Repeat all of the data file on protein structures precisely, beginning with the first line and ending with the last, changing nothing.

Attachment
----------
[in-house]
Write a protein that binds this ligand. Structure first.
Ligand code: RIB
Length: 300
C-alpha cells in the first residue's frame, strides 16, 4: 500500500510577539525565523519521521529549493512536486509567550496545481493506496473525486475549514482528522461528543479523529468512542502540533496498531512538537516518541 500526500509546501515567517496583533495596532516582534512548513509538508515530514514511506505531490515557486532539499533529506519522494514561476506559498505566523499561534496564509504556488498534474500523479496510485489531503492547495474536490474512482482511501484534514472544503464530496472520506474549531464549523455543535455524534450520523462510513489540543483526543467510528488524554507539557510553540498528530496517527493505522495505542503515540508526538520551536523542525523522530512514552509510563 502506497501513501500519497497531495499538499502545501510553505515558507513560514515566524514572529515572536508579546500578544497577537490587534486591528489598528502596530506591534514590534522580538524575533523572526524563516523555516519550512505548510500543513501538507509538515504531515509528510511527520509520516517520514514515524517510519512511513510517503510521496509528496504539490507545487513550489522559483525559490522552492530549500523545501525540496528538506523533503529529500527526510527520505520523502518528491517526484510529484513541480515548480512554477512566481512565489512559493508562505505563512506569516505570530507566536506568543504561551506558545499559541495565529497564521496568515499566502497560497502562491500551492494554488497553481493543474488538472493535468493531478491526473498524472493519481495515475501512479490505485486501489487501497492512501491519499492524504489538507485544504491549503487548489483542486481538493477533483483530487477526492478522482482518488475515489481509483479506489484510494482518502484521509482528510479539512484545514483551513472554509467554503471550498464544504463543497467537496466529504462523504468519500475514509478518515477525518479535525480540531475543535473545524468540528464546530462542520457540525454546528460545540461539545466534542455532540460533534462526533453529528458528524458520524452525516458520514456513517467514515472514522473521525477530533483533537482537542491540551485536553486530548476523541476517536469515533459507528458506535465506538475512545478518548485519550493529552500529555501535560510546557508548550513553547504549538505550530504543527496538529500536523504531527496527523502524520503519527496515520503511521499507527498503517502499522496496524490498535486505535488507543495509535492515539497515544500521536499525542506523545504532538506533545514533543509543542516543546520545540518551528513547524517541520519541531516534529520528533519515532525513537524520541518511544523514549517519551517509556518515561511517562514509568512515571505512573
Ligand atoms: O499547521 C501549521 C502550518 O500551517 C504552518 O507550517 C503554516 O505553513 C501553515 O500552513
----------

[in-house]
Write a protein that binds this ligand. Structure first.
Ligand code: RIB
Length: 300
C-alpha cells in the first residue's frame, strides 16, 4: 500500500510577539525565523519521521529549493512536486509567550496545481493506496473525486475549514482528522461528543479523529468512542502540533496498531512538537516518541 500526500509546501515567517496583533495596532516582534512548513509538508515530514514511506505531490515557486532539499533529506519522494514561476506559498505566523499561534496564509504556488498534474500523479496510485489531503492547495474536490474512482482511501484534514472544503464530496472520506474549531464549523455543535455524534450520523462510513489540543483526543467510528488524554507539557510553540498528530496517527493505522495505542503515540508526538520551536523542525523522530512514552509510563 502506497501513501500519497497531495499538499502545501510553505515558507513560514515566524514572529515572536508579546500578544497577537490587534486591528489598528502596530506591534514590534522580538524575533523572526524563516523555516519550512505548510500543513501538507509538515504531515509528510511527520509520516517520514514515524517510519512511513510517503510521496509528496504539490507545487513550489522559483525559490522552492530549500523545501525540496528538506523533503529529500527526510527520505520523502518528491517526484510529484513541480515548480512554477512566481512565489512559493508562505505563512506569516505570530507566536506568543504561551506558545499559541495565529497564521496568515499566502497560497502562491500551492494554488497553481493543474488538472493535468493531478491526473498524472493519481495515475501512479490505485486501489487501497492512501491519499492524504489538507485544504491549503487548489483542486481538493477533483483530487477526492478522482482518488475515489481509483479506489484510494482518502484521509482528510479539512484545514483551513472554509467554503471550498464544504463543497467537496466529504462523504468519500475514509478518515477525518479535525480540531475543535473545524468540528464546530462542520457540525454546528460545540461539545466534542455532540460533534462526533453529528458528524458520524452525516458520514456513517467514515472514522473521525477530533483533537482537542491540551485536553486530548476523541476517536469515533459507528458506535465506538475512545478518548485519550493529552500529555501535560510546557508548550513553547504549538505550530504543527496538529500536523504531527496527523502524520503519527496515520503511521499507527498503517502499522496496524490498535486505535488507543495509535492515539497515544500521536499525542506523545504532538506533545514533543509543542516543546520545540518551528513547524517541520519541531516534529520528533519515532525513537524520541518511544523514549517519551517509556518515561511517562514509568512515571505512573
Ligand atoms: O499547521 C501549521 C502550518 O500551517 C504552518 O507550517 C503554516 O505553513 C501553515 O500552513